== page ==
American Heart Month | Your Diet Makes a Difference

Heart shapes may be popping up on candies and cards with Valentine’s Day around the corner, but this month, consider showing your heart some love. February also brings American Heart Month, an opportunity to bring awareness to heart disease and the importance of cardiovascular health.

American Heart Month | Your Diet Makes a Difference

Heart disease is the leading cause of death for men and women of most racial and ethnic groups in the United States, according to the Centers for Disease Control and Prevention (CDC).1 Making certain lifestyle choices – like choosing heart-healthy foods – could help reduce your risk. Here, we offer an overview of heart disease, what foods to include or avoid for a heart-healthy diet and other steps you can take to know your risk.

What is Heart Disease?

Heart disease, also called atherosclerotic cardiovascular disease (ASCVD), can occur when a fatty material called plaque builds up in the walls of the arteries. Plaque build-up causes arteries to narrow, limiting the blood supply to the heart (a condition called coronary artery disease) and other organs – creating a risk for heart attack and/or stroke.2 Though there are other types of heart disease, coronary artery disease is the most common, according to the CDC.3

While anyone can develop heart disease,3 making healthy lifestyle choices can play a big role in avoiding its complications.4 Though some risk factors cannot be changed, like age or family history, it’s important to pay attention to those you can manage, including:5

  • High blood pressure
  • Unhealthy blood cholesterol levels
  • Obesity
  • Excessive alcohol intake
  • Physical inactivity
  • Tobacco use

What are Heart-Healthy Foods?

Choosing a heart-healthy diet is a simple step that you can take to help reduce risk factors like high blood pressure, unhealthy cholesterol levels and obesity. Consider making space for these heart-healthy foods on your plate:6

  • Fruits
  • Vegetables
  • Whole grains
  • Healthy sources of protein (like legumes and nuts, fish and seafood, low-fat or non-fat dairy, and lean and unprocessed meat or poultry–if you eat meat)

Additionally, try limiting your intake of:6

  • Processed foods
  • Added sugars
  • Foods high in salt
  • Alcohol
  • Saturated fat7

Ready to get cooking? Check out the American Heart Association for Heart-Check certified recipes. Go the extra mile for your heart health by engaging in regular physical activity and refraining from smoking, vaping or using nicotine products.6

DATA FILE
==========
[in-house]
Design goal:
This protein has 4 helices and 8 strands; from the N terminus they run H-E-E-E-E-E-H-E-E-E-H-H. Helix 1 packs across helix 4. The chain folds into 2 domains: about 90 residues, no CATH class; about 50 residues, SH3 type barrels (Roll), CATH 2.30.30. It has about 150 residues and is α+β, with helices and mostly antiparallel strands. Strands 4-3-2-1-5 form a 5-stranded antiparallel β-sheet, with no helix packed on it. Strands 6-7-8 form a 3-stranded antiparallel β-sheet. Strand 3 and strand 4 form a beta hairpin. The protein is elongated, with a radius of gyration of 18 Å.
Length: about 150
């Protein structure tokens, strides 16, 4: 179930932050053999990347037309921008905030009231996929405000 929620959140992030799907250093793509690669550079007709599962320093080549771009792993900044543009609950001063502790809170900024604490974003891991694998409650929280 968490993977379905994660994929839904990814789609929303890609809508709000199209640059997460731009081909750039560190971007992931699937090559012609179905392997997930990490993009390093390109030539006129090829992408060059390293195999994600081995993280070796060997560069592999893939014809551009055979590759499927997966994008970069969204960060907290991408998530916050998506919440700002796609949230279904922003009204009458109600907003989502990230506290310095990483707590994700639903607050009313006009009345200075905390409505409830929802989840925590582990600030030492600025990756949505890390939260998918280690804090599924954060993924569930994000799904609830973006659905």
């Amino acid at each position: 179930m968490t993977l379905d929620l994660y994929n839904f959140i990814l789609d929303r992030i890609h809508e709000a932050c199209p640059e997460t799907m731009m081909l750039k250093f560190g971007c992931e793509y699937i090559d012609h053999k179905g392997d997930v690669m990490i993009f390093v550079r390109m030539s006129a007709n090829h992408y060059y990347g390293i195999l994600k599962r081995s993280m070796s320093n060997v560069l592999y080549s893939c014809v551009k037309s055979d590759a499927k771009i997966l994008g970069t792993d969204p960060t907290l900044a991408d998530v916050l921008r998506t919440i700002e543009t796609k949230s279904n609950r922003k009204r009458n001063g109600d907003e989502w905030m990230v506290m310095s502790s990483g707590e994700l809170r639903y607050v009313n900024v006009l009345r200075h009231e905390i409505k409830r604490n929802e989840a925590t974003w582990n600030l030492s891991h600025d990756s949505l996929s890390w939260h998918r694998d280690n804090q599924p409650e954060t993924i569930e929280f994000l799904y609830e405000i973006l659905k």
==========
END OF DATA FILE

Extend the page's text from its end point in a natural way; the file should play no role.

Know Your Heart Numbers

The the first step in reducing your risk for heart disease is to know if your heart is healthy. Healthcare providers use a variety of screening tests to monitor heart health. The American Heart Association lists the following as key tests:8

  • Blood pressure
  • Cholesterol (fasting lipoprotein profile/ lipid test)
  • Blood glucose test
  • Weight/ Body Mass Index (BMI)
  • Waist circumference

Heart Health Testing from BioReference

Cholesterol testing is an important part of knowing your risk for heart disease – measuring your total cholesterol, HDL cholesterol (good cholesterol), LDL cholesterol (bad cholesterol) and triglycerides. In addition to a basic lipid test, Heart Health testing from BioReference includes testing for other clinically relevant markers – like lipoproteins and inflammation markers – as well as other independent risk factors. The BioReference Heart Health Panel provides a complete picture of cardiovascular disease risk.

Show Your Heart Some Love for American Heart Month

Managing the many factors that can affect your heart health can be a tricky balance, but a healthy diet and lifestyle can go a long way. If you’re ready to consult your healthcare provider about heart health testing, visit our patient guide for additional information, including 10 helpful questions to ask. Show your heart a little love this February, and commit to improving your cardiovascular health with a heart-healthy diet.

If your health care provider has ordered testing, click here to get started with Scarlet®. With Scarlet, you can stay home for your blood draws and other diagnostic tests, and fit them into your schedule when it’s most convenient. 

Sources:

  1. https://www.cdc.gov/heartdisease/facts.htm
  2. https://www.ncbi.nlm.nih.gov
  3. https://www.cdc.gov/heartdisease/docs/ConsumerEd_HeartDisease.pdf
  4. https://www.heart.org/en/health-topics/consumer-healthcare/what-is-cardiovascular-disease/coronary-artery-disease
  5. https://www.cdc.gov/heartdisease/risk_factors.htm
  6. https://www.heart.org/en/healthy-living/healthy-eating/eat-smart/nutrition-basics/aha-diet-and-lifestyle-recommendations
  7. https://health.gov/myhealthfinder/topics/health-conditions/heart-health/keep-your-heart-healthy#panel-1
  8. https://www.heart.org/en/health-topics/consumer-healthcare/what-is-cardiovascular-disease/heart-health-screenings